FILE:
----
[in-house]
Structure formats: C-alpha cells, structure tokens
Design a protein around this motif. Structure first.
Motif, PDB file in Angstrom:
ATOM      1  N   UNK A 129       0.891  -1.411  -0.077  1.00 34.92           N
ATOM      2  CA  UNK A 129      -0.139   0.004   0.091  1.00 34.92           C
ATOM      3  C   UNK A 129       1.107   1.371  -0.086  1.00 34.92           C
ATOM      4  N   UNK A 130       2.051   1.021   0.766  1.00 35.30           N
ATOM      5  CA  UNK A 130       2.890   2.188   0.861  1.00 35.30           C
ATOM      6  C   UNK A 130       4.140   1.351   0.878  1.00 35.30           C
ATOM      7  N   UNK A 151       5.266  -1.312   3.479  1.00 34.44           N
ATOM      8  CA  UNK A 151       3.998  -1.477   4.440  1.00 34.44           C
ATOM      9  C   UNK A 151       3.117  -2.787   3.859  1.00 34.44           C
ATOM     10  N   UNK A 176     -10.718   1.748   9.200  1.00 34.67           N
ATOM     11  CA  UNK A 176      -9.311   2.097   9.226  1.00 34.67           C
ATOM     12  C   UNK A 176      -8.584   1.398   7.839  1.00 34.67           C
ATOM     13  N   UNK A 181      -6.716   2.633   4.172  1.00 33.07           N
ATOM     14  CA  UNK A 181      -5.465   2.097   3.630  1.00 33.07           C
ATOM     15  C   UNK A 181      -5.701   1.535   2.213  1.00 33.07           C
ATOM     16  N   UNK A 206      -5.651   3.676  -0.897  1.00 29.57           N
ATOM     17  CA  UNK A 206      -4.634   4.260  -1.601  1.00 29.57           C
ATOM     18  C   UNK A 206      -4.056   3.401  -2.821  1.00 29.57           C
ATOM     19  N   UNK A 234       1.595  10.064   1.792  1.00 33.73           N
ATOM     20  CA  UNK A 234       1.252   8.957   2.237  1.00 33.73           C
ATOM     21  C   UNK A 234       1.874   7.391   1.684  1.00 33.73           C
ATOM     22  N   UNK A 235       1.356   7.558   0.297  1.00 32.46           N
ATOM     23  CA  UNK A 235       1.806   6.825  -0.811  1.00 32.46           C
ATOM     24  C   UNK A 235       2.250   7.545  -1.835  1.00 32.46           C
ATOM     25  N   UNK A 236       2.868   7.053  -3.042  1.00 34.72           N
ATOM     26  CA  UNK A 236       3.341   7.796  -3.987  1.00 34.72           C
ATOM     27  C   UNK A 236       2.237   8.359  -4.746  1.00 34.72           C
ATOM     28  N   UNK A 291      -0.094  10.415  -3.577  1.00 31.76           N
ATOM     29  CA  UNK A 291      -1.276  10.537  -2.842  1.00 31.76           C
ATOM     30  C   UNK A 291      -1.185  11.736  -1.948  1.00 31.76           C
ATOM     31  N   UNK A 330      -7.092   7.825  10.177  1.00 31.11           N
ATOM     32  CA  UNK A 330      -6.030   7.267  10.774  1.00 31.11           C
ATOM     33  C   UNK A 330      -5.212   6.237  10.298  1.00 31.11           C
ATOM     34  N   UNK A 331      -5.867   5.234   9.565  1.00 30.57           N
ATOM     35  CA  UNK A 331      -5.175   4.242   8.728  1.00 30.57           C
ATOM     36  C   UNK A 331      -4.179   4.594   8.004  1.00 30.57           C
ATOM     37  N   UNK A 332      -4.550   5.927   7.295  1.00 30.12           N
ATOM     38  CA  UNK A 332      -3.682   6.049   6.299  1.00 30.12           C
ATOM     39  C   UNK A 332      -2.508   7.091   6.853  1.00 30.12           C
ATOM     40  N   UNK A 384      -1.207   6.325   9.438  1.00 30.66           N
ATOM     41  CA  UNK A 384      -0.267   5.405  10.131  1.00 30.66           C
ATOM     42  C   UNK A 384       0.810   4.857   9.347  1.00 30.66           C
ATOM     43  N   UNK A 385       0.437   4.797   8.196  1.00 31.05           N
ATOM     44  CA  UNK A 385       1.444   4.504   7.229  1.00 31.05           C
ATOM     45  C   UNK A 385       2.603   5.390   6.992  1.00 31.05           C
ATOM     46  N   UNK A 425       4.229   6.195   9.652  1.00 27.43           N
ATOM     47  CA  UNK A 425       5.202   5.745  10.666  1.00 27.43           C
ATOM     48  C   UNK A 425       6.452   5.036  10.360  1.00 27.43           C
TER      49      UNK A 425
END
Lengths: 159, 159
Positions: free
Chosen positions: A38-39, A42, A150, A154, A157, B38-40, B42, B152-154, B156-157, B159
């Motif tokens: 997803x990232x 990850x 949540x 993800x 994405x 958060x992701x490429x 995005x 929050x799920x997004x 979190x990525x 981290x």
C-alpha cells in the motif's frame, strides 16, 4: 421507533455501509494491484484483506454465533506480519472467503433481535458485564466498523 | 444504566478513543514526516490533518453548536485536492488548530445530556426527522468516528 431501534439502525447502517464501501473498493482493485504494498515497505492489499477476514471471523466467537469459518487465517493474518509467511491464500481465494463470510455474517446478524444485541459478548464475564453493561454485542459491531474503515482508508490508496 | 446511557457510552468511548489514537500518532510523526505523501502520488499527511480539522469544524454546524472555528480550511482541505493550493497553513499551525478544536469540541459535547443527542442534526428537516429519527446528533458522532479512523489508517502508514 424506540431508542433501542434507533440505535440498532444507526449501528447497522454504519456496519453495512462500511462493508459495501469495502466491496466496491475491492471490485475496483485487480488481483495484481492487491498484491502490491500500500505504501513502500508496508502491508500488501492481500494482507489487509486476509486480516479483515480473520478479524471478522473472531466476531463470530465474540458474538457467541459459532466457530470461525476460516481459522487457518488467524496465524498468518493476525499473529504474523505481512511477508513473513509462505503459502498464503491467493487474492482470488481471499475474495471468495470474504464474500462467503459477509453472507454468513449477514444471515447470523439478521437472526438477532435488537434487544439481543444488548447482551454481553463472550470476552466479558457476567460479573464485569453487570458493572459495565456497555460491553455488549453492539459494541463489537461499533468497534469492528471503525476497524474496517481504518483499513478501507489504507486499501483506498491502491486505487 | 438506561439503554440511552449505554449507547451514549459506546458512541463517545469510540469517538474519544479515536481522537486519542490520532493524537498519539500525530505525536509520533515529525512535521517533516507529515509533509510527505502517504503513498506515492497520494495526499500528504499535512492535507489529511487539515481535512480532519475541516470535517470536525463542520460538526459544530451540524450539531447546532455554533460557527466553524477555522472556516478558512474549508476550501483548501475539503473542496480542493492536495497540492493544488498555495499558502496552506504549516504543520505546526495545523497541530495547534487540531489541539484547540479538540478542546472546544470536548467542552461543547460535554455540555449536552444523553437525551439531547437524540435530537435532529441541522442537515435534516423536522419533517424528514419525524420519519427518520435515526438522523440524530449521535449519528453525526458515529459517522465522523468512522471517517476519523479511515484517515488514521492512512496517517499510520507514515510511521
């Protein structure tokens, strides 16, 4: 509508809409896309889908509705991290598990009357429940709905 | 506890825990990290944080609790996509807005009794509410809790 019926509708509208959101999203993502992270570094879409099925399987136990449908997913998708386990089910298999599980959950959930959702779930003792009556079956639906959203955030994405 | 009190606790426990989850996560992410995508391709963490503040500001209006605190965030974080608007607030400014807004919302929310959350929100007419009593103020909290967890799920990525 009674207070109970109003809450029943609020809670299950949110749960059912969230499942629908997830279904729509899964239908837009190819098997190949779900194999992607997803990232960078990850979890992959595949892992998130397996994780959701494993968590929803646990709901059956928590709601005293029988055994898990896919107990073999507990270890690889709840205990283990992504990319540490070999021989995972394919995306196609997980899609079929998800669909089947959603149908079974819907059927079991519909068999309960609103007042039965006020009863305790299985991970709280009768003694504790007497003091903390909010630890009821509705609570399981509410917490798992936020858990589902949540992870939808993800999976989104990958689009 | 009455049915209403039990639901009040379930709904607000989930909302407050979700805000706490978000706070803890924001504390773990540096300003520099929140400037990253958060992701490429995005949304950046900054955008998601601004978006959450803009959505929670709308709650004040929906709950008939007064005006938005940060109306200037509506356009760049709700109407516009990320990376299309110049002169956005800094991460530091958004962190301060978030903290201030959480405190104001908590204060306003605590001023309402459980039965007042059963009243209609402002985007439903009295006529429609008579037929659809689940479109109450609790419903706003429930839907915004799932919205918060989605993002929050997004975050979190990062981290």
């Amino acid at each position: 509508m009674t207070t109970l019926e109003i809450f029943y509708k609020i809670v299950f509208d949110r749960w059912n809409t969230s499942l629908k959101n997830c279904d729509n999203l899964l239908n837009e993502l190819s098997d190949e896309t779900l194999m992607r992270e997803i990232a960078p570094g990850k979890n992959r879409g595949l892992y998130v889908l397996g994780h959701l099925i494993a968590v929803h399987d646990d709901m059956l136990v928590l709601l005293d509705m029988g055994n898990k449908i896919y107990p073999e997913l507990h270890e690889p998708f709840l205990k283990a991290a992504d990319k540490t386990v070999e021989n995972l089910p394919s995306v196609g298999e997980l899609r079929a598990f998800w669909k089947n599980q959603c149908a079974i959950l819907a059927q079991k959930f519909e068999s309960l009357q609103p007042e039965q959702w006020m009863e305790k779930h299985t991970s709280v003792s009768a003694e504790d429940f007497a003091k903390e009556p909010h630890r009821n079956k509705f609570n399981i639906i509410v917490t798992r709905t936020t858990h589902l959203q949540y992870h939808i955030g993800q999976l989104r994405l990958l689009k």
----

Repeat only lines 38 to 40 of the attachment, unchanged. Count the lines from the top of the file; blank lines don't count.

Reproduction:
ATOM     34  N   UNK A 331      -5.867   5.234   9.565  1.00 30.57           N
ATOM     35  CA  UNK A 331      -5.175   4.242   8.728  1.00 30.57           C
ATOM     36  C   UNK A 331      -4.179   4.594   8.004  1.00 30.57           C